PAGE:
It has been nearly eight months since attacks on the U.S. diplomatic post in Benghazi, Libya, killed four Americans, including Ambassador Christopher Stevens.
In March, President Obama nominated Deborah K. Jones, a career diplomat and Middle East expert, to succeed Stevens. Jones appeared Tuesday before the Senate Foreign Relations Committee for her confirmation hearing — on the eve of a high-profile hearing that House Republicans are holding Wednesday on the Benghazi attacks.
As Sen. Tom Udall, D-N.M, introduced his fellow New Mexican to the Senate panel, he made no bones about what a potentially dangerous assignment Jones is set to take on in Libya.
"Ambassador Jones will be our first ambassador since the tragic events at Benghazi," he said. "As we consider this nomination, it's important to remember the work of Chris Stevens and all our diplomatic personnel who died while in service to the United States."
Jones, a former ambassador to Kuwait, promised the committee the perpetrators of the Benghazi attack "must be brought to justice, and I will work closely with the Libyan government to see that justice is realized."
Jones said an ambassador does not wake up without considering security — a matter she said she takes very seriously.
"The ambassador is the principal security officer at post, and it is the ambassador who has to decide whether to allow people to travel here or there, whether to ask for additional assets, whether to insist on additional assets, and if you don't get the answers you need, you pick up the phone and you speak to the people who are responsible for that," she said.
Besides the committee's Democratic chairman, only two Republicans showed up for Jones' hearing, and they all wished her well. One of those Republicans was Arizona Sen. John McCain. He said he does not expect Republican anger over what happened in Benghazi to hold up Jones' confirmation.
"I don't think people connect her with the fiasco in Benghazi," McCain said. "I think there's an overriding need to have an ambassador there, because there are too many things happening right now."
Still, Republican lawmakers are not about to let up in their questioning of the Obama administration's handling of the attacks in Benghazi.
Three State Department employees whom the House Oversight Committee is calling whistle-blowers will testify before that panel Wednesday; one of them, Gregory Hicks, was the No. 2 U.S. diplomat in Tripoli at the time of the attacks.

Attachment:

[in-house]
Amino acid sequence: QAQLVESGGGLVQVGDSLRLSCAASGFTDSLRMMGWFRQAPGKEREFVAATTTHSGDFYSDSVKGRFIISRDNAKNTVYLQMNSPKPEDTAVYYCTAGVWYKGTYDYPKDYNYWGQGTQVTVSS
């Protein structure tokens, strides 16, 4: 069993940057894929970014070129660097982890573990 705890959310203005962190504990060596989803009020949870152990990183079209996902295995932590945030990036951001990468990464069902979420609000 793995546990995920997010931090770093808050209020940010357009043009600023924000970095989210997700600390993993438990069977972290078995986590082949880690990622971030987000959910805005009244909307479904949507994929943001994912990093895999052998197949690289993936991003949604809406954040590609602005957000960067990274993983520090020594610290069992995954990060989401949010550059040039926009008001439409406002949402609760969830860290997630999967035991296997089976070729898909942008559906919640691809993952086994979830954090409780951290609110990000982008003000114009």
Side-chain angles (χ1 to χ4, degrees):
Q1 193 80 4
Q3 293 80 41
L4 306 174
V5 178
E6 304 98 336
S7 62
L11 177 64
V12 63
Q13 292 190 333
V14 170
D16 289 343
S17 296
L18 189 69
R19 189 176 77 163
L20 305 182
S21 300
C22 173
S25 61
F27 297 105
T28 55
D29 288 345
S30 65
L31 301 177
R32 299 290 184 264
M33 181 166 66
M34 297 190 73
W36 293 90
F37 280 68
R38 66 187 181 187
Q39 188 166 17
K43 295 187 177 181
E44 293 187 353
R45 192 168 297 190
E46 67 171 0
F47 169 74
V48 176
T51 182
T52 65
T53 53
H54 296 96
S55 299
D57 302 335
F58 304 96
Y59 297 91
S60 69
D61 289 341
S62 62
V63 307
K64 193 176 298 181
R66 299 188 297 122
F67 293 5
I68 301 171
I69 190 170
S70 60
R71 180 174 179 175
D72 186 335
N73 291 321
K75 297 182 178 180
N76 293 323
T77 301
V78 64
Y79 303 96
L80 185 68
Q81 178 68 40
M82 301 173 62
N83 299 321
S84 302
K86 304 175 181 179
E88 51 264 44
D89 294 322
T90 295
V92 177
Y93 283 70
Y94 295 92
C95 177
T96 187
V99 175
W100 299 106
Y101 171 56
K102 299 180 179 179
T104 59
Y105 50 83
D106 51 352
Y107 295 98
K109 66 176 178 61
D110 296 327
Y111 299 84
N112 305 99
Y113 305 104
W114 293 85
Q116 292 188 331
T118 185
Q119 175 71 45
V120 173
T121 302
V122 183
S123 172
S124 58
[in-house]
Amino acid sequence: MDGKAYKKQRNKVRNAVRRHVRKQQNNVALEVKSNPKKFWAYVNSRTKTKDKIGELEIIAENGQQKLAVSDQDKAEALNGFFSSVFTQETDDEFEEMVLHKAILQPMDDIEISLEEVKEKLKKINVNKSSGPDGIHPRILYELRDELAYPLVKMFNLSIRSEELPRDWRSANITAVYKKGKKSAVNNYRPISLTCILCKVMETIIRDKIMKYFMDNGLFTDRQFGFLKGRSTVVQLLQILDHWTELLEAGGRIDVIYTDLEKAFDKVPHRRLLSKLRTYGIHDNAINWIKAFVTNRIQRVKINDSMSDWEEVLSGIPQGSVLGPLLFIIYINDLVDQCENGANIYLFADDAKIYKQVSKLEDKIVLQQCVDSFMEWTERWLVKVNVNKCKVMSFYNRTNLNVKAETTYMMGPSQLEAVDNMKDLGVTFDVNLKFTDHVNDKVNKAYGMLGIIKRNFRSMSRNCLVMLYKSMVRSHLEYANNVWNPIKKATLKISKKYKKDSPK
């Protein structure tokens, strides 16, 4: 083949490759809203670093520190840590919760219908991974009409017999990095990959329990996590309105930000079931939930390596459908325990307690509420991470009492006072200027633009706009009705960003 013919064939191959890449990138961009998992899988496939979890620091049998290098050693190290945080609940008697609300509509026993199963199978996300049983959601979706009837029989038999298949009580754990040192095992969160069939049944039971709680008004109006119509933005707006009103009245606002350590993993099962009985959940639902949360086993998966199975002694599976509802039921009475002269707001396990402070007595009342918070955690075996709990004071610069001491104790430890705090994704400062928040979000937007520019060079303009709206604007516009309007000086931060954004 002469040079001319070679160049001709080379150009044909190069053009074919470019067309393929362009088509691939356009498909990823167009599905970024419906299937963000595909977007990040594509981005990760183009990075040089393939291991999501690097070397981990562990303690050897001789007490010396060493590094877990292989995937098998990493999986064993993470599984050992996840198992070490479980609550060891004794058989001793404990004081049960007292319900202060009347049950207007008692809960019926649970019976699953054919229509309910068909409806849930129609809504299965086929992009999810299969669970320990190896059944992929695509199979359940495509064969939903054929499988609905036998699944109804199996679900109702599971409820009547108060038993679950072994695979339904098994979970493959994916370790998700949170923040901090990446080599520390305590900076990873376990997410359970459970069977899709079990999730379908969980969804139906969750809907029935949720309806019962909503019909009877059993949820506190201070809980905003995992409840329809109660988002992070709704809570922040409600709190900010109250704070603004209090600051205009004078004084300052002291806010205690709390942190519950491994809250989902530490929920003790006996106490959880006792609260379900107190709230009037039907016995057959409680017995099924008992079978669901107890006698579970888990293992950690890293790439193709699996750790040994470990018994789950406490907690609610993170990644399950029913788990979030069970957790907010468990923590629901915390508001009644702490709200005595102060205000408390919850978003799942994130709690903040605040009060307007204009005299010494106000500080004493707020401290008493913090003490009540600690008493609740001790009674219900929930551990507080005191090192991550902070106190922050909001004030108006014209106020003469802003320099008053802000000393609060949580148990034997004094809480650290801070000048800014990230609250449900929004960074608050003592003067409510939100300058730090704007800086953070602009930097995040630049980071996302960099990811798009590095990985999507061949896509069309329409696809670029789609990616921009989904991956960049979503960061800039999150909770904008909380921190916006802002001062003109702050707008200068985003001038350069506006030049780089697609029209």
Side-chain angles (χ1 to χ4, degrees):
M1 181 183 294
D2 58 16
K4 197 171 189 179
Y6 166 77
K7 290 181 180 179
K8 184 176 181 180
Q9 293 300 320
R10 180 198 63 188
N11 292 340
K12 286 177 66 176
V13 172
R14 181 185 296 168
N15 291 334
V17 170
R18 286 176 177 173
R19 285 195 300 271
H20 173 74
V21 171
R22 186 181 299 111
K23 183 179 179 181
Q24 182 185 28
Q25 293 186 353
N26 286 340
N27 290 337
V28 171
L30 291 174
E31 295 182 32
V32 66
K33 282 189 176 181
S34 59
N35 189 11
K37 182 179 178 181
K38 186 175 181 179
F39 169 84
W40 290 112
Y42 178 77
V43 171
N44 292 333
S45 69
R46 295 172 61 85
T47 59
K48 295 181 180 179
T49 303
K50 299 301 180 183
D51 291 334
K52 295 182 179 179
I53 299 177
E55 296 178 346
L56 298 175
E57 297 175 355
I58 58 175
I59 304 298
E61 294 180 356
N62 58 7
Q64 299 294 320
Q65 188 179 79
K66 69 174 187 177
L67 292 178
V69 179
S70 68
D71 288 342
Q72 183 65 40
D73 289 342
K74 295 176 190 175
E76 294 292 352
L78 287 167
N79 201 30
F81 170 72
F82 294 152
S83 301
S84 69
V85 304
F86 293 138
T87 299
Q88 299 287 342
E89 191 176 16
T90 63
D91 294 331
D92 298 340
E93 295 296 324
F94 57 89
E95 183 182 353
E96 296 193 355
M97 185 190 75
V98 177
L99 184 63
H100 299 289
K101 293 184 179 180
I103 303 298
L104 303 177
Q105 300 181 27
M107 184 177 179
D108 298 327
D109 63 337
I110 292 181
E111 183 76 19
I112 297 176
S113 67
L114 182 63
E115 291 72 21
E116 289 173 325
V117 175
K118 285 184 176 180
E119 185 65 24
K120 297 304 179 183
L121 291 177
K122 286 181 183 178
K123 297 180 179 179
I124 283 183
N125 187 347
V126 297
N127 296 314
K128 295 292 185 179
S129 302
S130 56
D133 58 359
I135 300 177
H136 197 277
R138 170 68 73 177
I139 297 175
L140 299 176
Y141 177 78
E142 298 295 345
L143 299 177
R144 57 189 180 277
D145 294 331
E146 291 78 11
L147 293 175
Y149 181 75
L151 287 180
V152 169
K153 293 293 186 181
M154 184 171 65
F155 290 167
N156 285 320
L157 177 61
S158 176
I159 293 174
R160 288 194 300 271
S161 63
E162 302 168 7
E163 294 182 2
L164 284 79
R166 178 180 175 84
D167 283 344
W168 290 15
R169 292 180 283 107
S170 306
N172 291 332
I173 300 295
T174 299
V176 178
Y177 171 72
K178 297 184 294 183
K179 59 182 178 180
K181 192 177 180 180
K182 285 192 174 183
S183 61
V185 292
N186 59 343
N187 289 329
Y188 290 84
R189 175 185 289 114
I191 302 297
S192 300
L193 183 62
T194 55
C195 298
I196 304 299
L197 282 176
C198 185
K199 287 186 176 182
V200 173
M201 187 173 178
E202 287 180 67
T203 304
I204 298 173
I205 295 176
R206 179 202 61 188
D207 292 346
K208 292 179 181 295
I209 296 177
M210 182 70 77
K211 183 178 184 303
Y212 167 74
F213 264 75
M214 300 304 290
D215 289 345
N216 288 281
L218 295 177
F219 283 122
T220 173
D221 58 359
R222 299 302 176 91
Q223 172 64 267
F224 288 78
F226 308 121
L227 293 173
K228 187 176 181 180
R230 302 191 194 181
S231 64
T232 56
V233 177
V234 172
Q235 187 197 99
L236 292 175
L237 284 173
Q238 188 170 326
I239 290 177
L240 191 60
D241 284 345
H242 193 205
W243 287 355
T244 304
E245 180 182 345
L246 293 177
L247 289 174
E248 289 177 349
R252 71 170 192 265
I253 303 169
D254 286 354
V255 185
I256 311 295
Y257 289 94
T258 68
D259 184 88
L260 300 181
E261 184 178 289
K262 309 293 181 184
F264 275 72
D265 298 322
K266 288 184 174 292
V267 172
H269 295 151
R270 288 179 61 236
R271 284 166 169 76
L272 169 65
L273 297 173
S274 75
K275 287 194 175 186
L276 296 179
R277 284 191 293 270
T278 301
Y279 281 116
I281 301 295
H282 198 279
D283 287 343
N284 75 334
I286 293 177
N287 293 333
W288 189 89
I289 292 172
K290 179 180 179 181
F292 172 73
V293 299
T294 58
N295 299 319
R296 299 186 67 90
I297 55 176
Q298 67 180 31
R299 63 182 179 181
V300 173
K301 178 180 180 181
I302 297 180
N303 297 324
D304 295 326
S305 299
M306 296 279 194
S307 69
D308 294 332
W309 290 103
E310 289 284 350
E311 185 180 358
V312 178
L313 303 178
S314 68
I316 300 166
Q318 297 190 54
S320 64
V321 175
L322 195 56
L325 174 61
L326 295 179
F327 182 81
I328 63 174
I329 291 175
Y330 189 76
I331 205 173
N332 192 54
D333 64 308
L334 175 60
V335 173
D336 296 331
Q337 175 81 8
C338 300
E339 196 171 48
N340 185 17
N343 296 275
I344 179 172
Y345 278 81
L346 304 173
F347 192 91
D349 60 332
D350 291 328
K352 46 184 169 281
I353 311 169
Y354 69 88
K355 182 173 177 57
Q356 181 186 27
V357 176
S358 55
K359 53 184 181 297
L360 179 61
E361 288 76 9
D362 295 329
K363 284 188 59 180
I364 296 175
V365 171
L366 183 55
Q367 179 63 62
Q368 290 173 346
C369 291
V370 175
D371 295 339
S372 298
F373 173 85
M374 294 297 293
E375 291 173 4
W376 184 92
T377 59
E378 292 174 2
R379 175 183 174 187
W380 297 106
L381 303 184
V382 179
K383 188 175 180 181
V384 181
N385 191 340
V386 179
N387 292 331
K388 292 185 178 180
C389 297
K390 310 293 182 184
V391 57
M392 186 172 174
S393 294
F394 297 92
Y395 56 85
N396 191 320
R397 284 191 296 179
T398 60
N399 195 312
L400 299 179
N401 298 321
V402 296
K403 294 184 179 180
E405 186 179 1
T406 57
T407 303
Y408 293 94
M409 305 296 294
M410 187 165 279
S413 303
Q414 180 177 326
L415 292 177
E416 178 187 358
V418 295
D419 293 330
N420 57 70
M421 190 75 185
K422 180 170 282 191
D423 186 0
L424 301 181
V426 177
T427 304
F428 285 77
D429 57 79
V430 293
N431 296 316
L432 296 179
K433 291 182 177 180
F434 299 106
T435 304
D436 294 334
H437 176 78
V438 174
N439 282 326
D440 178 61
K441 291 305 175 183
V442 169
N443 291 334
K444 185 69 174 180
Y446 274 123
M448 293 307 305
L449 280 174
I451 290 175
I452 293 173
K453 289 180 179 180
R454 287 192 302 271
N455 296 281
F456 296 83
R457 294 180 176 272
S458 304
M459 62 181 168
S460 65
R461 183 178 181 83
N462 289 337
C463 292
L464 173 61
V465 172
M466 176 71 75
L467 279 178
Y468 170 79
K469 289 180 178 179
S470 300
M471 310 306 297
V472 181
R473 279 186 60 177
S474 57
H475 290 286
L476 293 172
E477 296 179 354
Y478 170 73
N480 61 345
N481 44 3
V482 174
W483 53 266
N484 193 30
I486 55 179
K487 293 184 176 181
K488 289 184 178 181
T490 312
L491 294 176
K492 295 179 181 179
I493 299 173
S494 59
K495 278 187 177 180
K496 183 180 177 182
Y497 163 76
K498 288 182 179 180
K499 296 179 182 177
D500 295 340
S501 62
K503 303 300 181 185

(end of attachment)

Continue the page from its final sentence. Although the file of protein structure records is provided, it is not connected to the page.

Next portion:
The issue has become a cause celebre among conservative media outlets. On his radio show Monday, former Arkansas Gov. Mike Huckabee said Hicks will testify that four special operations soldiers in Tripoli were not allowed to board a Libyan military cargo plane that was leaving for Benghazi.
"We now know that special forces were poised and ready and had repeatedly asked for permission to go in and try to intervene, and they were told to stand down," Huckabee said. "I know that Mr. Hicks will testify that his jaw dropped when later Hillary Clinton said she did not know of any requests for assistance and that there were no requests for assistance."
On the same show, South Carolina Republican Sen. Lindsey Graham predicted Wednesday's hearing could be a turning point.
"I think the dam is about to break, and you're going find a system failure before, during and after," he said. "You're going to find political manipulation, seven weeks before an election. You're going to find people asleep at the switch when it comes to the State Department, including Hillary Clinton."
The focus on Clinton comes amid speculation that the former secretary of state will run for president. Asked Monday whether the House investigation into Benghazi was purely political, State Department spokesman Patrick Ventrell replied: "It certainly seems so so far. I mean, this is not sort of a collaborative process where the committee is working directly with us and trying to establish facts that would help, you know, as we look to keep our people safe overseas in a very complex environment."
And no place may be more complex than Libya.
Copyright 2013 NPR. To see more, visit http://www.npr.org/.